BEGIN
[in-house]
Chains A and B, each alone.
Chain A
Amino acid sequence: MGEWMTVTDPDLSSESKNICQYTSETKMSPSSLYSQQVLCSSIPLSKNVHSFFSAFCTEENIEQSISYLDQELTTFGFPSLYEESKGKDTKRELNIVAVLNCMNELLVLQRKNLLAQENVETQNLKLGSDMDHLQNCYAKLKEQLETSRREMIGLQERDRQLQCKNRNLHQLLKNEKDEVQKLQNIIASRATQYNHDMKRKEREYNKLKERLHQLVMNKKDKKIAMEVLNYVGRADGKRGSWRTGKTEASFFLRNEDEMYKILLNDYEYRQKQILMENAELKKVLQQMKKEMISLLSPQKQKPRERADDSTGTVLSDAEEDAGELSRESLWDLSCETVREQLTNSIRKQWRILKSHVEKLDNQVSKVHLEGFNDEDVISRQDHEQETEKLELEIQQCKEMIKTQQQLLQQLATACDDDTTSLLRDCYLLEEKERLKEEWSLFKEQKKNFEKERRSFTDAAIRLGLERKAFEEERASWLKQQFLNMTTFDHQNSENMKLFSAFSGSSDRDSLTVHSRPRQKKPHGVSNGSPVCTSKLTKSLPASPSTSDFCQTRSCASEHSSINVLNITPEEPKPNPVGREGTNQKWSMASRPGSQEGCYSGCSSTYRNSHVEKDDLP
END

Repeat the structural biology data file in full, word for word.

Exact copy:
[in-house]
Chains A and B, each alone.
Chain A
Amino acid sequence: MGEWMTVTDPDLSSESKNICQYTSETKMSPSSLYSQQVLCSSIPLSKNVHSFFSAFCTEENIEQSISYLDQELTTFGFPSLYEESKGKDTKRELNIVAVLNCMNELLVLQRKNLLAQENVETQNLKLGSDMDHLQNCYAKLKEQLETSRREMIGLQERDRQLQCKNRNLHQLLKNEKDEVQKLQNIIASRATQYNHDMKRKEREYNKLKERLHQLVMNKKDKKIAMEVLNYVGRADGKRGSWRTGKTEASFFLRNEDEMYKILLNDYEYRQKQILMENAELKKVLQQMKKEMISLLSPQKQKPRERADDSTGTVLSDAEEDAGELSRESLWDLSCETVREQLTNSIRKQWRILKSHVEKLDNQVSKVHLEGFNDEDVISRQDHEQETEKLELEIQQCKEMIKTQQQLLQQLATACDDDTTSLLRDCYLLEEKERLKEEWSLFKEQKKNFEKERRSFTDAAIRLGLERKAFEEERASWLKQQFLNMTTFDHQNSENMKLFSAFSGSSDRDSLTVHSRPRQKKPHGVSNGSPVCTSKLTKSLPASPSTSDFCQTRSCASEHSSINVLNITPEEPKPNPVGREGTNQKWSMASRPGSQEGCYSGCSSTYRNSHVEKDDLP